Such a thing would likely detract from the overall experience, which not only looks fantastic, but plays like an absolute dream. Handling is responsive and enormously gratifying, the damage model is superb, and XP – granted for certain feats like drifting, following the racing line, or cutting close to the edge of the track – ensures you're always given a sense of achievement and progression. The end of every race sees your XP bar steadily rising, unlocking different accolades and badges, so you can then go online and show off your milestones.

Multiplayer in GRID is every bit as streamlined as the game's Career, with Quick Match and Private Match options, enabling you to get into the action online very quickly, without having to sit in a lobby or wait around. Immediately, you're plonked onto a track where you can whizz around a few corners and get some practice in before the event proper starts up. Any progress made during multiplayer also feeds into your overall XP progression, too, so it's well worth a dabble.

GRID, as a whole, is worth much more than just a dabble, however, its visual prowess, immediate and gratifying handling, and intense racing proving a consistently attractive prospect. We'd even go so far to say that GRID is up there with some of the best racing titles around, cementing Codemasters' reputation as a purveyor of the finest games featuring things with four wheels.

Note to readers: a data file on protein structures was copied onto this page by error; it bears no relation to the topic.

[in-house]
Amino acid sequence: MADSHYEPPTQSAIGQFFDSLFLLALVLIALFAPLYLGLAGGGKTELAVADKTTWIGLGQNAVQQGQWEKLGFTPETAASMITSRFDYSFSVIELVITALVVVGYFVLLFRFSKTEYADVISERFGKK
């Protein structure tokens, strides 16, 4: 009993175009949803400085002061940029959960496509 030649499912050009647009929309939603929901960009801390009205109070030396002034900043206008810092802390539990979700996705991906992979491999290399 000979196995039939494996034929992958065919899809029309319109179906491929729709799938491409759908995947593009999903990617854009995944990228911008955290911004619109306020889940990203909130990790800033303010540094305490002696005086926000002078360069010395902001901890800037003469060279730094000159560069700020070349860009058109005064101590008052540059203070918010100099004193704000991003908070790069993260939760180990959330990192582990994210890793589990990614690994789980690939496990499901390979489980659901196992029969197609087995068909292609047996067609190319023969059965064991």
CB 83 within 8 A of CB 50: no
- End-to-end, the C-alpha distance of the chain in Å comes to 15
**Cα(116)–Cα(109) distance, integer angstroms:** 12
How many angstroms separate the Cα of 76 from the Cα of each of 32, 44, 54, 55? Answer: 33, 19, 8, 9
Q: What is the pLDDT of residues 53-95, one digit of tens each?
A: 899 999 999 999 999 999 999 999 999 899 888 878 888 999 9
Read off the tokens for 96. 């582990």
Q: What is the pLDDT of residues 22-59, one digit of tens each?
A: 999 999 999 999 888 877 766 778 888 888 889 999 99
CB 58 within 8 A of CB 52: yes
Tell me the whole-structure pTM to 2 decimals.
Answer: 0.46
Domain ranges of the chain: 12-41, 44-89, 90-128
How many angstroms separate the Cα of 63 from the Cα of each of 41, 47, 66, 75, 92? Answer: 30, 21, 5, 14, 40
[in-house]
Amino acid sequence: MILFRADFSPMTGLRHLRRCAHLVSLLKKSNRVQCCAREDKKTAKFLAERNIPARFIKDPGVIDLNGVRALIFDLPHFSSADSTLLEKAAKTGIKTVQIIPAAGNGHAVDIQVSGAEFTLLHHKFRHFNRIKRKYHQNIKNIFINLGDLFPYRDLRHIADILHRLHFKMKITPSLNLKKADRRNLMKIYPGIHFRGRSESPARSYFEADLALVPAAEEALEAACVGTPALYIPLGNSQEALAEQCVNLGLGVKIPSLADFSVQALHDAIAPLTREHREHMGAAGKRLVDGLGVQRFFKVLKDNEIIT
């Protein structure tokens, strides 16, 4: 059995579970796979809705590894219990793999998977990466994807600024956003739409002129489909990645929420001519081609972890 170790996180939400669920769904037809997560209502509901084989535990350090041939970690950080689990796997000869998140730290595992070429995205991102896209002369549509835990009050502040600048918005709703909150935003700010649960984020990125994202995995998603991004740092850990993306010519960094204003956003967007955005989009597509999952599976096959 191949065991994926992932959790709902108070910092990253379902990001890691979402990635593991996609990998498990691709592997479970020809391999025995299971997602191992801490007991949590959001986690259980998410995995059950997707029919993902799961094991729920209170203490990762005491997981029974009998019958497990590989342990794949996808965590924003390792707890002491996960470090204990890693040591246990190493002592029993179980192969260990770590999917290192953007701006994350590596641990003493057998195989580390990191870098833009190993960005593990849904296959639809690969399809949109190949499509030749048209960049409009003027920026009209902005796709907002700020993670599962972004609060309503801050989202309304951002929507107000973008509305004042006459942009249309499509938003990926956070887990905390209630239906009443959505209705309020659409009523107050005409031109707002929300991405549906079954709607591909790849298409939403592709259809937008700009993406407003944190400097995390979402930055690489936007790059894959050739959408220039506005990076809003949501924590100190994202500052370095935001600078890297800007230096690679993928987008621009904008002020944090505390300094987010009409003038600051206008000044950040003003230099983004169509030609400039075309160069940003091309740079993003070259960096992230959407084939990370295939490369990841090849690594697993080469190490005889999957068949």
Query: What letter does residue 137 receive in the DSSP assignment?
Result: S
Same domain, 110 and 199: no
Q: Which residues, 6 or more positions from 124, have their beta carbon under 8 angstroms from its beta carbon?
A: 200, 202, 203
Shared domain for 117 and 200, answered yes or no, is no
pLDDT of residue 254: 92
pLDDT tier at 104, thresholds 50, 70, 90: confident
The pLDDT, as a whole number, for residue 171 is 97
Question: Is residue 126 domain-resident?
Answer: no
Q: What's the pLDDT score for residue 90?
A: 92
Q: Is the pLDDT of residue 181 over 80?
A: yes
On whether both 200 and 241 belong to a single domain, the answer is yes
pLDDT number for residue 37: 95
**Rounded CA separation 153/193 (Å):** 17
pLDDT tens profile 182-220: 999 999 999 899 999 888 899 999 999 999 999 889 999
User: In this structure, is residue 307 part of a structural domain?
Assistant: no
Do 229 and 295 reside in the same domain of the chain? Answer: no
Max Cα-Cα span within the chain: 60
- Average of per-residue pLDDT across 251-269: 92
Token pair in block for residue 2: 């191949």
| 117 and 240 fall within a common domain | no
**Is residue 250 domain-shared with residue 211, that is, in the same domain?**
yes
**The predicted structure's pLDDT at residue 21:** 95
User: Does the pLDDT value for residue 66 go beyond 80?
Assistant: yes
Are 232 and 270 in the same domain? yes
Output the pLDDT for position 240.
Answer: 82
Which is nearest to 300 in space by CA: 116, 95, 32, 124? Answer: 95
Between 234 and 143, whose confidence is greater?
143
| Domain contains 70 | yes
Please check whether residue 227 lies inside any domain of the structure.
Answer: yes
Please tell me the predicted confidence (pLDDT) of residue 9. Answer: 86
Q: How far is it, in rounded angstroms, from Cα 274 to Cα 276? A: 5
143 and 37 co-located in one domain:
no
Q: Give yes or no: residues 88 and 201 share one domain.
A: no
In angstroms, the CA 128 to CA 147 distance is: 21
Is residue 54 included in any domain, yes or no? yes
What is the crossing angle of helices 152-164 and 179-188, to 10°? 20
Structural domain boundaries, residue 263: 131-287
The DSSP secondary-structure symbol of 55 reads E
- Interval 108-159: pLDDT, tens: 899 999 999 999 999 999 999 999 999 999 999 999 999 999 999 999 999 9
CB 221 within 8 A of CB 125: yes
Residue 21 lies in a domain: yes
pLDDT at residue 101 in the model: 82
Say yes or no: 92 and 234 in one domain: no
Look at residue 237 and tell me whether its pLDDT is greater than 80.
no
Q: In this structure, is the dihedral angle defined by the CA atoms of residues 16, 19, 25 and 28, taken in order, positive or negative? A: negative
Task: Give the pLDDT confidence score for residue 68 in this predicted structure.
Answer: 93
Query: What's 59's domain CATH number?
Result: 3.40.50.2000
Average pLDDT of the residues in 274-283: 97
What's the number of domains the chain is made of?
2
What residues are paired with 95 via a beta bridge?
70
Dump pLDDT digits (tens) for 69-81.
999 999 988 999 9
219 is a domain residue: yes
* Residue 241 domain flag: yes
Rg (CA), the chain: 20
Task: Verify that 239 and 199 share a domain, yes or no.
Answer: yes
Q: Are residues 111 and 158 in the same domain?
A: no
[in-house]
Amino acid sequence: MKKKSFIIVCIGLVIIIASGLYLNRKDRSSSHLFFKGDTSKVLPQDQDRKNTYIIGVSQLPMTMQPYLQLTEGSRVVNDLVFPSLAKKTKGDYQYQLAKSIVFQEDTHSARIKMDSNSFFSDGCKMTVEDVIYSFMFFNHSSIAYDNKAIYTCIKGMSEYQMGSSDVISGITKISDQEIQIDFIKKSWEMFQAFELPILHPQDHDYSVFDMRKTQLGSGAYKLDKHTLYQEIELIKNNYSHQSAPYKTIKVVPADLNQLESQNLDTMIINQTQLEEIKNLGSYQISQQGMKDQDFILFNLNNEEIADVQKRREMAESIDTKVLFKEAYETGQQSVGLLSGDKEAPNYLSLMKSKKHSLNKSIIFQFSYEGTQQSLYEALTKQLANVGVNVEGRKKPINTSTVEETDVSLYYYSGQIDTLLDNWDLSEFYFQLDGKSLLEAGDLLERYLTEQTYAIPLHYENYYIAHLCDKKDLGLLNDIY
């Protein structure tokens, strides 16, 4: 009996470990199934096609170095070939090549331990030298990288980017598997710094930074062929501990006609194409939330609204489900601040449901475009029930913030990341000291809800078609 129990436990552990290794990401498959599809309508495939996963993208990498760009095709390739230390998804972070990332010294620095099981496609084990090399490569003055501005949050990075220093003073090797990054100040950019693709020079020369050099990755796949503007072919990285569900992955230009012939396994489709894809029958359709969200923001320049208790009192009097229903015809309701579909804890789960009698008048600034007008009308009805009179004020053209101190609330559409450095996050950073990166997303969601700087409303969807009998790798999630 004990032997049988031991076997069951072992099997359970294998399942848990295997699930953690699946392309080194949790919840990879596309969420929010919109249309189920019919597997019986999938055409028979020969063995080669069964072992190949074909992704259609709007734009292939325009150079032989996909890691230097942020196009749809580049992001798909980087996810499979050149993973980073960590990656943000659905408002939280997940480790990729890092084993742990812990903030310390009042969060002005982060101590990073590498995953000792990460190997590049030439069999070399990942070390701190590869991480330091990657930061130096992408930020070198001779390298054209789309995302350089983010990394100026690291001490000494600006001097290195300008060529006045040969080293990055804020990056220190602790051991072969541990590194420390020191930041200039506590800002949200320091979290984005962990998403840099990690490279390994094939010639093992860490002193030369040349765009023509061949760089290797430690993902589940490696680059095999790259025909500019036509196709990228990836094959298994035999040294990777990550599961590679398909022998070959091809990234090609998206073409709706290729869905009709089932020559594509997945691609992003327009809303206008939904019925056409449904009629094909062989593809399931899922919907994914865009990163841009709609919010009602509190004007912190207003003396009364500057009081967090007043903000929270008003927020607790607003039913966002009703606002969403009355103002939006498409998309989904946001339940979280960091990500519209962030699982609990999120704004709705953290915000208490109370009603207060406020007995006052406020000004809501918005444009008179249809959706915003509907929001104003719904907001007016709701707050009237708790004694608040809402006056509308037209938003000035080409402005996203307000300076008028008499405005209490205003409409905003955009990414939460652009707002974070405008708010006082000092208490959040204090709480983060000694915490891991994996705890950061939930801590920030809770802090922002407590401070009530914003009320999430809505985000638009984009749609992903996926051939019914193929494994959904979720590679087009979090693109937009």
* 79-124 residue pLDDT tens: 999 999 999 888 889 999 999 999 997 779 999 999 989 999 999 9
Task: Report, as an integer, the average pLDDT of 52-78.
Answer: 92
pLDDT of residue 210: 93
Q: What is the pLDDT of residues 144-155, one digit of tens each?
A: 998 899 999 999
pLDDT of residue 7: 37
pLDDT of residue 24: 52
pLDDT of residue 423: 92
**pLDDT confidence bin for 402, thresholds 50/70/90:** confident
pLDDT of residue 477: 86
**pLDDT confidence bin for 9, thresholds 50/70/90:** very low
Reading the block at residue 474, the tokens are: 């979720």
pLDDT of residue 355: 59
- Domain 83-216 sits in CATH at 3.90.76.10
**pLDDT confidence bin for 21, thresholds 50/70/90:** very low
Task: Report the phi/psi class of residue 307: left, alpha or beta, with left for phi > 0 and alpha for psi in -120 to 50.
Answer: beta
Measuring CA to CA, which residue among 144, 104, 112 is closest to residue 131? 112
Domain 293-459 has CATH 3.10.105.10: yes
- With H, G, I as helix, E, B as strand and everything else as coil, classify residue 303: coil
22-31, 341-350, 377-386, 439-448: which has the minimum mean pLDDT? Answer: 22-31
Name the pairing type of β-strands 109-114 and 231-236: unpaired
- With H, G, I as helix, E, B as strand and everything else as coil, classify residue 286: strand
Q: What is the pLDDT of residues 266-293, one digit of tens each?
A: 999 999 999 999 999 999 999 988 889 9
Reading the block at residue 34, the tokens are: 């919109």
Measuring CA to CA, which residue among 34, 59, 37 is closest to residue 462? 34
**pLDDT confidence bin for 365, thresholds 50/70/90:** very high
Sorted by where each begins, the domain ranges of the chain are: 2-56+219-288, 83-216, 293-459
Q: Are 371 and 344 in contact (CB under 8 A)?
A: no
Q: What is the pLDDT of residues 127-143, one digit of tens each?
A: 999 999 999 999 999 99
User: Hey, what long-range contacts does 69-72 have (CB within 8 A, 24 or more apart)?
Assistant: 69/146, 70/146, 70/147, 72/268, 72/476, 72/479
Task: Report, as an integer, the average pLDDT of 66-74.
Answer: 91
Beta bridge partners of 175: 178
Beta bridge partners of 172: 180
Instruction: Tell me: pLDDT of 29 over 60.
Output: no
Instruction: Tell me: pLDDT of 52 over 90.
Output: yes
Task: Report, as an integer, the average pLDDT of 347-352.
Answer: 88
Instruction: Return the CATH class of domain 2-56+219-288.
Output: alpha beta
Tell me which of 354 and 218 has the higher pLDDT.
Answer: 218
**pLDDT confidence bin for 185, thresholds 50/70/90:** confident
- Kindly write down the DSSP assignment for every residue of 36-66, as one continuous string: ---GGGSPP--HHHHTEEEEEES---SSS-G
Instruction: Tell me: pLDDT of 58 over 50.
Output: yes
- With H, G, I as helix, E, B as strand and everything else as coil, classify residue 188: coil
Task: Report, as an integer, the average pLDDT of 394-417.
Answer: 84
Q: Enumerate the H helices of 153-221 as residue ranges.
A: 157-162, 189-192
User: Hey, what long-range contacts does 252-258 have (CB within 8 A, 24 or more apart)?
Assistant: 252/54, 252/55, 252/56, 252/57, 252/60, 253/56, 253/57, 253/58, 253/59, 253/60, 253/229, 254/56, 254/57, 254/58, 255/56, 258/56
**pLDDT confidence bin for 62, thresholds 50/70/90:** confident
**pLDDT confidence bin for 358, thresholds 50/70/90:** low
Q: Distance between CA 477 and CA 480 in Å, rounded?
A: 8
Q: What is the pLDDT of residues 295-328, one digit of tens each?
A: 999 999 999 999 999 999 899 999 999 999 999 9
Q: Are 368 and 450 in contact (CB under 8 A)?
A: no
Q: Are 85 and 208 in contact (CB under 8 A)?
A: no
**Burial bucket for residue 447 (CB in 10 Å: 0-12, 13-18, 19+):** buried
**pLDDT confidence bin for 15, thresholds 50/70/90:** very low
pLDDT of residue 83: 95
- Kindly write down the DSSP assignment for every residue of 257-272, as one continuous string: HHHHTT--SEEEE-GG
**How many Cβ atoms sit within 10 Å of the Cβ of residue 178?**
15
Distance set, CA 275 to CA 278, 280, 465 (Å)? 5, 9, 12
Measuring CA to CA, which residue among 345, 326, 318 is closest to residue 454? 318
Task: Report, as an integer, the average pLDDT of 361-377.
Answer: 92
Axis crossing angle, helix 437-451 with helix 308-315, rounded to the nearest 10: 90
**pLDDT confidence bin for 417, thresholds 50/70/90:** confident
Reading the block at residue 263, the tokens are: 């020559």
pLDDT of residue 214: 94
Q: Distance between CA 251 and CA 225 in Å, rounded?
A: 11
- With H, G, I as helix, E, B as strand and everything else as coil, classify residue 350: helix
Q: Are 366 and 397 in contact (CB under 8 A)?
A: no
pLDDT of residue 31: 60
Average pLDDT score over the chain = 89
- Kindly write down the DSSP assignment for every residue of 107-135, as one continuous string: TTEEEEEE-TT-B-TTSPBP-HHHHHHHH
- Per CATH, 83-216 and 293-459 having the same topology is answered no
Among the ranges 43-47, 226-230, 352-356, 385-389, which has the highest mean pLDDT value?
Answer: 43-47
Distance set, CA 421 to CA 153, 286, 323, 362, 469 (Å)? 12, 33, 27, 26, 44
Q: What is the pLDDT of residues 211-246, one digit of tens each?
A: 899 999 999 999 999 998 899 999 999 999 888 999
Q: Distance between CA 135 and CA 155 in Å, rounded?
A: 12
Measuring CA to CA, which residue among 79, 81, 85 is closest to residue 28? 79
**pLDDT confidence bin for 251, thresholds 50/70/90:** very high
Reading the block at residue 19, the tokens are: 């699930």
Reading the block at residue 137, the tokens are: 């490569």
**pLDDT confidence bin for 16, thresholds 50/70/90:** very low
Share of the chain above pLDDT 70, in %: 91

Once again, Codemasters has proved that it deserves a place in the grand pantheon of racing game developers with GRID. Alongside the DiRT games and F1 series, GRID is another exemplary racer that will scratch the itch of even the most demanding racing game player.

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Music is unobtrusive and used sparingly, while pre-race commentary sets the scene, even if it is a little pointless and easily skipped. Engine noises are throaty and realistic, which is the most important thing.


An astonishingly pretty racing game with lively, atmospheric race venues, excellent car models and damage effects – the whole package is beautifully presented and will caress your eyes with automotive loveliness.


About as good as it gets when it comes to racing games, GRID is never anything less than a joy. Handling is smooth and enjoyable, and you can tailor the entire experience to your liking, whether you're a casual or hardcore player.


Not particularly innovative, GRID is a remarkably robust racer. What it does, it does exceedingly well, and the presentation is stunning. However, Career mode is ultimately a compendium of 100+ races, with custom race options and multiplayer. It doesn't exactly reinvent the wheel.


A very workmanlike, vanilla achievement list that revolves around completing everything, bagging every gold trophy for each event, and perhaps performing a handful of feats on track. Cross the line backwards and win? Again? Yep.